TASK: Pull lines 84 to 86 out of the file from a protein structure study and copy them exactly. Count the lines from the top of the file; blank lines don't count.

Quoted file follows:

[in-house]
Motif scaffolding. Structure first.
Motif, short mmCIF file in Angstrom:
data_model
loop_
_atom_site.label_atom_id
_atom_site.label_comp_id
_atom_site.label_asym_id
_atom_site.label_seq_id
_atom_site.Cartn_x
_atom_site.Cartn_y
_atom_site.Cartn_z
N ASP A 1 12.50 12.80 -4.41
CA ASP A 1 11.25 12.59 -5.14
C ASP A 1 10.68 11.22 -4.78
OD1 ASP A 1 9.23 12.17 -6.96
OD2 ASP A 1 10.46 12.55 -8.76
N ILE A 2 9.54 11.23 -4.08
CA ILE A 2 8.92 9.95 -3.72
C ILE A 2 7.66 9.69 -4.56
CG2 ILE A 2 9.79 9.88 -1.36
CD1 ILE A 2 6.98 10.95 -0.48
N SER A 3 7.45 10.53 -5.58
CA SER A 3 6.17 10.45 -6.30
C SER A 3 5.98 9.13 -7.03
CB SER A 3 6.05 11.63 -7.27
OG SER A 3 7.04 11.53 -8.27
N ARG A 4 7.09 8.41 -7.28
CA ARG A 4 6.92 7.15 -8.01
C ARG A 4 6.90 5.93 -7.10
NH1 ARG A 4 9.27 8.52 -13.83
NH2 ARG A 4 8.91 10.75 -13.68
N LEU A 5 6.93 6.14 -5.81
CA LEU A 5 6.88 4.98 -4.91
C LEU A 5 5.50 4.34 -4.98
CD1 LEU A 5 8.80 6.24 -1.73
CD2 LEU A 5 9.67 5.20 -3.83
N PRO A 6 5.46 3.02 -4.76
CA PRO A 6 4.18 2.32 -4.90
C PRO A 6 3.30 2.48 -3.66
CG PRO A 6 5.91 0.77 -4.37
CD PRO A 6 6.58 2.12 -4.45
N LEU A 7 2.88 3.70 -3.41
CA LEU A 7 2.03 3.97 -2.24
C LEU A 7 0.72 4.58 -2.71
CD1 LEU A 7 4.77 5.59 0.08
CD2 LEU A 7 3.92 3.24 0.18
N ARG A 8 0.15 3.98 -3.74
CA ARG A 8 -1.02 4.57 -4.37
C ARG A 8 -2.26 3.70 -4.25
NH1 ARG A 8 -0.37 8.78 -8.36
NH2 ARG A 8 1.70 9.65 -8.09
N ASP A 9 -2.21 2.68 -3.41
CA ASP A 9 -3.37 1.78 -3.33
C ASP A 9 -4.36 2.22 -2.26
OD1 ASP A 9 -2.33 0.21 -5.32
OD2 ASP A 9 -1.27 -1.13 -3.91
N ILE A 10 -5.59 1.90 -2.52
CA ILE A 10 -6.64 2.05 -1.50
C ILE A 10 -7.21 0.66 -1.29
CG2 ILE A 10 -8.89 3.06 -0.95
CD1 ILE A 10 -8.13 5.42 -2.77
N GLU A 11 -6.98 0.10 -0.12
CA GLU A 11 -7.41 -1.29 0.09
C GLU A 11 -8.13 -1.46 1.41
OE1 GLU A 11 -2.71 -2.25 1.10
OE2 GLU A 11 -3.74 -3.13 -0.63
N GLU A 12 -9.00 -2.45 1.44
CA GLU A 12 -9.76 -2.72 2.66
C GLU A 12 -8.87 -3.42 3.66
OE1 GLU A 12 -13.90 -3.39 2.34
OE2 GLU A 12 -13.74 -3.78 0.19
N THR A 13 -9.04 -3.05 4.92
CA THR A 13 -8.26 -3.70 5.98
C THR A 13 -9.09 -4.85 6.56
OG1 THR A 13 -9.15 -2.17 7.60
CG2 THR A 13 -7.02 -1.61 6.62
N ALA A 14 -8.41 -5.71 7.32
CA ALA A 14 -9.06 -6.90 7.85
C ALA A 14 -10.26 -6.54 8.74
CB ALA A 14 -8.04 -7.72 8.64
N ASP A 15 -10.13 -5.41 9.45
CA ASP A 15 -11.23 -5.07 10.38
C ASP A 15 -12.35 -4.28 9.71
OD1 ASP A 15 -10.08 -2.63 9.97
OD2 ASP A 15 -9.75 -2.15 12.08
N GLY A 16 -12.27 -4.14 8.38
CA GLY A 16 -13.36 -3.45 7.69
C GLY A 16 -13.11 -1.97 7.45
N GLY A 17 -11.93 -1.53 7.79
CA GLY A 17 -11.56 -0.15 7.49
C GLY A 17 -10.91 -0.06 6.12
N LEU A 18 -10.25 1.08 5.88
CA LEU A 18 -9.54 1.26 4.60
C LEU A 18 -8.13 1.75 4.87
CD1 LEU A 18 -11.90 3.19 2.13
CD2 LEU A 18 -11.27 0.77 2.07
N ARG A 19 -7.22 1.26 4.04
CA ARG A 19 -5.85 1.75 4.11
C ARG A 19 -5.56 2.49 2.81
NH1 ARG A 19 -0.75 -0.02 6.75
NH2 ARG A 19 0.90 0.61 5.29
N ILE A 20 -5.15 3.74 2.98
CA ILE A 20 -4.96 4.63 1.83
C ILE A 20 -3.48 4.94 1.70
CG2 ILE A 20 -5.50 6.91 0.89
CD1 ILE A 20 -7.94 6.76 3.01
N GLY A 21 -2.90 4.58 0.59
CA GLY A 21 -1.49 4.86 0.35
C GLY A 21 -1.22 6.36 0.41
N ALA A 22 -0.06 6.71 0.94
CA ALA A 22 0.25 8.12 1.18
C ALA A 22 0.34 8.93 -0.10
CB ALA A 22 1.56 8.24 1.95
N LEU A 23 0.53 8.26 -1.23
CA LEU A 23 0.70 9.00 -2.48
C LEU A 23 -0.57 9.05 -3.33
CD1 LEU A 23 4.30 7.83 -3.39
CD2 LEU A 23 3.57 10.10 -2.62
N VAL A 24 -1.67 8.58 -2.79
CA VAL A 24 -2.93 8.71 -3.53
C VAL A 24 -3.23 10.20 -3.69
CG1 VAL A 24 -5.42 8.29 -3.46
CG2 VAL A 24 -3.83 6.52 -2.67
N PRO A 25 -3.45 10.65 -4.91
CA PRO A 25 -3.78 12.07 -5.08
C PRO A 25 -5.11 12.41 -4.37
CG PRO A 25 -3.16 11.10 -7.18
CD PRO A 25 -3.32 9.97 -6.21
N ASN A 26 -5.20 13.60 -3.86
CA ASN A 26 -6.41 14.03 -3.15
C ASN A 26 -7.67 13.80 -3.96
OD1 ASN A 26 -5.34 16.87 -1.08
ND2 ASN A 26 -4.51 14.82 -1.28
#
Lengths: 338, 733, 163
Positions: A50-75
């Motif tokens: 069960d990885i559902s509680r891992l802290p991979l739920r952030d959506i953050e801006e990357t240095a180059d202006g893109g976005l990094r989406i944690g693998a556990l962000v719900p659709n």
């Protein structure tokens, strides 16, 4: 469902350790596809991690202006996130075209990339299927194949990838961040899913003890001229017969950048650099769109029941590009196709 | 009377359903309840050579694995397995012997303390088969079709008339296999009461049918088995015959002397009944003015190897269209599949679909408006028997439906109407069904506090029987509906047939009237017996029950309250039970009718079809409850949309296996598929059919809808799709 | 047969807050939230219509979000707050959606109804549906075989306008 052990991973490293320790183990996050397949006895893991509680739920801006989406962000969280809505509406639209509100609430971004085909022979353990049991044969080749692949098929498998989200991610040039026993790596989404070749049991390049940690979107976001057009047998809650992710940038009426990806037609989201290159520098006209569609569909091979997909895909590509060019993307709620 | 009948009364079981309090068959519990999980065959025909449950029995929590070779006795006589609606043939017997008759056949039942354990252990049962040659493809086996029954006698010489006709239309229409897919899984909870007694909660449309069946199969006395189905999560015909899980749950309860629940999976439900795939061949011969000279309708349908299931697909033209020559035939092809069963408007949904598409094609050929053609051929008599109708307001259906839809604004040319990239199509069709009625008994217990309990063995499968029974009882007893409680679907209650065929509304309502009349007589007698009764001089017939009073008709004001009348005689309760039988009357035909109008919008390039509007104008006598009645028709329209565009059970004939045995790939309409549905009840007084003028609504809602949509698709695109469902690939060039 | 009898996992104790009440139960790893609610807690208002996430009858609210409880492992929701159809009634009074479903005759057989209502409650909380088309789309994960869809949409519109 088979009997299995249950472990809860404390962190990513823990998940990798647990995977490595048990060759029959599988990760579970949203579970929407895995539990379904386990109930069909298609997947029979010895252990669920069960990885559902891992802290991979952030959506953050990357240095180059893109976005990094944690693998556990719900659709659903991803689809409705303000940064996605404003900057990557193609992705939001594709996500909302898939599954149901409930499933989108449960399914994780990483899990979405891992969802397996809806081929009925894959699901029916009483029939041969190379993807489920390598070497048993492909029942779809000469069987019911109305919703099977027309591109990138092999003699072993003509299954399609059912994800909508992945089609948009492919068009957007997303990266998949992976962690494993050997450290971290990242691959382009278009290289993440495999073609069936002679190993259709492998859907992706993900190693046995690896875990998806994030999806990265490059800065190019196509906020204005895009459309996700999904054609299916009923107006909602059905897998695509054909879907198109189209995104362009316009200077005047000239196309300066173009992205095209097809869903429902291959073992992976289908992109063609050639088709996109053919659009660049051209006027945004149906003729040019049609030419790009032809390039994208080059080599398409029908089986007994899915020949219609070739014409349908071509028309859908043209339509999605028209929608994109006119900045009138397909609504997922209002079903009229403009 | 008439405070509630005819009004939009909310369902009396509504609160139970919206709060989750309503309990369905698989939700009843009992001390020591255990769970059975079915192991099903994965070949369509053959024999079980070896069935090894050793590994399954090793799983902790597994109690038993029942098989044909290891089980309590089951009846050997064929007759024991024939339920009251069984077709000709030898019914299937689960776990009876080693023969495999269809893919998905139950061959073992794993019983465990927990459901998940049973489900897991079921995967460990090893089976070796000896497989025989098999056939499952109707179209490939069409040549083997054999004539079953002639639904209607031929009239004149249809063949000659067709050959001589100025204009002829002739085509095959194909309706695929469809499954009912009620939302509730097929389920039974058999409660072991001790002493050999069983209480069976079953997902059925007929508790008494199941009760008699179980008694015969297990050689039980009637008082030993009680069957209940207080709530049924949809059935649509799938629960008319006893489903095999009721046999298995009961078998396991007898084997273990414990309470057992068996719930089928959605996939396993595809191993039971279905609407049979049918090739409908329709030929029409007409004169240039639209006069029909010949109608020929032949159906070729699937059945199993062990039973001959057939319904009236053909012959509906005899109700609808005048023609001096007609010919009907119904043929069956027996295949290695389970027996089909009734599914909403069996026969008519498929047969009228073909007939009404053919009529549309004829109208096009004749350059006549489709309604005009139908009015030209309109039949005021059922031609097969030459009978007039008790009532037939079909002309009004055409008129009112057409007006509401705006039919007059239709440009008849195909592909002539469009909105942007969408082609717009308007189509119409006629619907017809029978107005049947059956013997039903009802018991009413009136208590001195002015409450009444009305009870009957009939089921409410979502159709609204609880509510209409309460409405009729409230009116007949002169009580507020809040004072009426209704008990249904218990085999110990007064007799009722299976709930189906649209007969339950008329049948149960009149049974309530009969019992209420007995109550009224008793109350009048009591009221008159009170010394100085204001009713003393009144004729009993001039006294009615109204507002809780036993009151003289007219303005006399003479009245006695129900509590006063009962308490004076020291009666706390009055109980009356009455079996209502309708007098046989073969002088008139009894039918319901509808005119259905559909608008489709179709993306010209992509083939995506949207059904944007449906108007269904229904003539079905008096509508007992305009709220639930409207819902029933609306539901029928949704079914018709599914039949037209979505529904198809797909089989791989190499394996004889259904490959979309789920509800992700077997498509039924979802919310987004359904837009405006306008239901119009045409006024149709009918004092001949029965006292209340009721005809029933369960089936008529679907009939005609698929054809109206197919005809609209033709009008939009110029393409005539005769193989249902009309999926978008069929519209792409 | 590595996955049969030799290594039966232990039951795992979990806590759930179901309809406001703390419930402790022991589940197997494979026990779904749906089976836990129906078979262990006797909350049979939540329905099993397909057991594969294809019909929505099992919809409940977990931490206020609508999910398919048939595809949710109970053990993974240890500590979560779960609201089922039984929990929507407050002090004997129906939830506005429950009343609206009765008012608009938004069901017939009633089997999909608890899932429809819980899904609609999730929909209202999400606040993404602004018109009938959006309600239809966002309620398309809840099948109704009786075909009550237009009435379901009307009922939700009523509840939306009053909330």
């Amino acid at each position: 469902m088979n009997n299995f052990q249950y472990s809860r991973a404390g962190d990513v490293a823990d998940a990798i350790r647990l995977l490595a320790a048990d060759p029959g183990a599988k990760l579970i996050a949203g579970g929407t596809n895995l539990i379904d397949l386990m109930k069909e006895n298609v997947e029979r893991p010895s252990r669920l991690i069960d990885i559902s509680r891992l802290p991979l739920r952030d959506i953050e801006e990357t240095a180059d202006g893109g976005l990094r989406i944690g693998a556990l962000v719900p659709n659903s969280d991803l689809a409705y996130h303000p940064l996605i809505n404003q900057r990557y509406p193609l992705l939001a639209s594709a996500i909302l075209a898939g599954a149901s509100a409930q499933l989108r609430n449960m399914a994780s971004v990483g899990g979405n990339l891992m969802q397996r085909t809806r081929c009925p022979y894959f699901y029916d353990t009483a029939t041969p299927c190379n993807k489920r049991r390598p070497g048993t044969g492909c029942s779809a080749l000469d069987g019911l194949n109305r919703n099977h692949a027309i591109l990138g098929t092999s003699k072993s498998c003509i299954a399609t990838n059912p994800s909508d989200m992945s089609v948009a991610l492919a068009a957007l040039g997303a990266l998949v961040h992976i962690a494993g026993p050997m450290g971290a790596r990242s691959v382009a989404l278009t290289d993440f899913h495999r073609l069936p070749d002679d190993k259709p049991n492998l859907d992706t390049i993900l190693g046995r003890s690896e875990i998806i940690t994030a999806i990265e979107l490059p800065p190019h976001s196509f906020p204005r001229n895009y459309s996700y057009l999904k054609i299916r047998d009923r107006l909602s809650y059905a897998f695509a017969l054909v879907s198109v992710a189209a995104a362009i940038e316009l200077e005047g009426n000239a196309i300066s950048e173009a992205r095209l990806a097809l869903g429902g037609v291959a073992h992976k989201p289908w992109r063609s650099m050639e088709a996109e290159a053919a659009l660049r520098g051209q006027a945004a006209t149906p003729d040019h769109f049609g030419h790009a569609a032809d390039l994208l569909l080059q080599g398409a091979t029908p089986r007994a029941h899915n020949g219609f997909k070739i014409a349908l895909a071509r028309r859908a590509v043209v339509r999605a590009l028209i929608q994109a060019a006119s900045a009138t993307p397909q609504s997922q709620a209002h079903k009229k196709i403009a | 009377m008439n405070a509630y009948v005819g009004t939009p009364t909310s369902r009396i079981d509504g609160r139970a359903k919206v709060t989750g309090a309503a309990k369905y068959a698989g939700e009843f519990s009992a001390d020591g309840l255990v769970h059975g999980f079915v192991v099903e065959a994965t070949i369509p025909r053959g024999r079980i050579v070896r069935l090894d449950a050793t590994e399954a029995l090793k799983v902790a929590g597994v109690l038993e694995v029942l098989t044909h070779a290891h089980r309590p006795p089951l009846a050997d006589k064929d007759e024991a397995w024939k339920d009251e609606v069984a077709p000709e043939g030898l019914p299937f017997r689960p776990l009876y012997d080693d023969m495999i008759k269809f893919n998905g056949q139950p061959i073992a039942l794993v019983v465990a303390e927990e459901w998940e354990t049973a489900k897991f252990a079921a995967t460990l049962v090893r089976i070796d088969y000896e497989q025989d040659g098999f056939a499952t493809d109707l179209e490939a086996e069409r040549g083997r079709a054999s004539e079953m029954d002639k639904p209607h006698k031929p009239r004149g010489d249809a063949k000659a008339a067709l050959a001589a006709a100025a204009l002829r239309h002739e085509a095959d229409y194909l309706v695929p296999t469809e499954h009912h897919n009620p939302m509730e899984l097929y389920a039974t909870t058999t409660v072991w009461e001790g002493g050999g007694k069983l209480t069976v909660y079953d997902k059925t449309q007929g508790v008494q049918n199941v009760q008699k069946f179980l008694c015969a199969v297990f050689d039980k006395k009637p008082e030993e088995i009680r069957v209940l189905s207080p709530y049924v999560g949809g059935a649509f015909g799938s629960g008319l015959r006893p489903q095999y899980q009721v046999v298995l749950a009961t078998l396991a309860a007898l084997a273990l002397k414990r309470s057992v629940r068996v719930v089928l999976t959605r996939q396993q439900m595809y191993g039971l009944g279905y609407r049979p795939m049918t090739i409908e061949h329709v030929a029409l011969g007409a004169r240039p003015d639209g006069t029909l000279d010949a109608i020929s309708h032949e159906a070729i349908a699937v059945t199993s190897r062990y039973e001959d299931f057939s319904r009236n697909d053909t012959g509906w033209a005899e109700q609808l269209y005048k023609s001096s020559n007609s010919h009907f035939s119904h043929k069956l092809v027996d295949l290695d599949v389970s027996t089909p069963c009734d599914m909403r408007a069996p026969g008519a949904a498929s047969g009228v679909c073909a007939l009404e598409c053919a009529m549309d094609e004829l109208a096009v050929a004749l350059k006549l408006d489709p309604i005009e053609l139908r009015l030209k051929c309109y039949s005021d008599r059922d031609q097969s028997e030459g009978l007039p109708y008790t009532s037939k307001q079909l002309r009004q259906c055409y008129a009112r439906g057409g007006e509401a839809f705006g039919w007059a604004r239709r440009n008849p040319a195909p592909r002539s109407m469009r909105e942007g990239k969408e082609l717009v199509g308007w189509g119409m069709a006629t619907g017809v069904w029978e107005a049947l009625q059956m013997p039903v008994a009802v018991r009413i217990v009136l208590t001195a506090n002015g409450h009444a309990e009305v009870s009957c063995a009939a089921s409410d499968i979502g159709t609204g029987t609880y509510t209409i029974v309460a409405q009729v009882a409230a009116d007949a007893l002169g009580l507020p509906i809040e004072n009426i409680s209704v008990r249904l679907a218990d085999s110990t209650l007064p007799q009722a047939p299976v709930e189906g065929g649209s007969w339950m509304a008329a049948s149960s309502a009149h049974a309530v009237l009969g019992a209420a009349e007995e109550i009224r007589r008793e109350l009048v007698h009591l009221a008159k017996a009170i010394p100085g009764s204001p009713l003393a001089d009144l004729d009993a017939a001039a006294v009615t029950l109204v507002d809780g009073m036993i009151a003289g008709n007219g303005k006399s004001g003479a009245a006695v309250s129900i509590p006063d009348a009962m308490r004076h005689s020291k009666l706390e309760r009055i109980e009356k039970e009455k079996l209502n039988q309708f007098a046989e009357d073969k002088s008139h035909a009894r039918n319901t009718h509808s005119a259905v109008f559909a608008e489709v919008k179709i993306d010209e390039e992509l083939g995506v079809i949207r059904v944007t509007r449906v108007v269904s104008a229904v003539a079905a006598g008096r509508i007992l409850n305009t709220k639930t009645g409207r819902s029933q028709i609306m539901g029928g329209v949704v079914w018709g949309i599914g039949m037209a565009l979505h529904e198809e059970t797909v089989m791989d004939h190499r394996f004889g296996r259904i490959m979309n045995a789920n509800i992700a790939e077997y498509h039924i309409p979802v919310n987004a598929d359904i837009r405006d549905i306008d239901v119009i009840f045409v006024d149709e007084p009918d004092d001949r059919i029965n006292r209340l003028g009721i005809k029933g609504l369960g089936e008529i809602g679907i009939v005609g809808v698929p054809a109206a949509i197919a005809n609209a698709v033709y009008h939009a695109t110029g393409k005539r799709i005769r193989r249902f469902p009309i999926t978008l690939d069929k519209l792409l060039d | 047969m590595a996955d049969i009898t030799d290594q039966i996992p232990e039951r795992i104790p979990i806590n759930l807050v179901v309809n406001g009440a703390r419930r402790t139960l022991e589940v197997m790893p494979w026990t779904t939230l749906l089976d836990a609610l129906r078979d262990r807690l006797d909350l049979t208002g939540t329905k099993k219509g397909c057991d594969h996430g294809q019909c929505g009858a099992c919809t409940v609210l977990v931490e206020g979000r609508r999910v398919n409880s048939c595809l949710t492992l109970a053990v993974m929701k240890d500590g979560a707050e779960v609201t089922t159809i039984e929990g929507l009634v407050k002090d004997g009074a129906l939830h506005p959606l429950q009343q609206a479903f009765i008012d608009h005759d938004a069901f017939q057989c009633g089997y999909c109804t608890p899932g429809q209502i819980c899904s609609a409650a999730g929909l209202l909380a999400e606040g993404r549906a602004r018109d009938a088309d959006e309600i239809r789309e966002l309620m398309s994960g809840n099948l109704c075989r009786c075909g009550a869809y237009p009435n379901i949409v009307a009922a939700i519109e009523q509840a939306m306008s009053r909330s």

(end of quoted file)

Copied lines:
C ASP A 15 -12.35 -4.28 9.71
OD1 ASP A 15 -10.08 -2.63 9.97
OD2 ASP A 15 -9.75 -2.15 12.08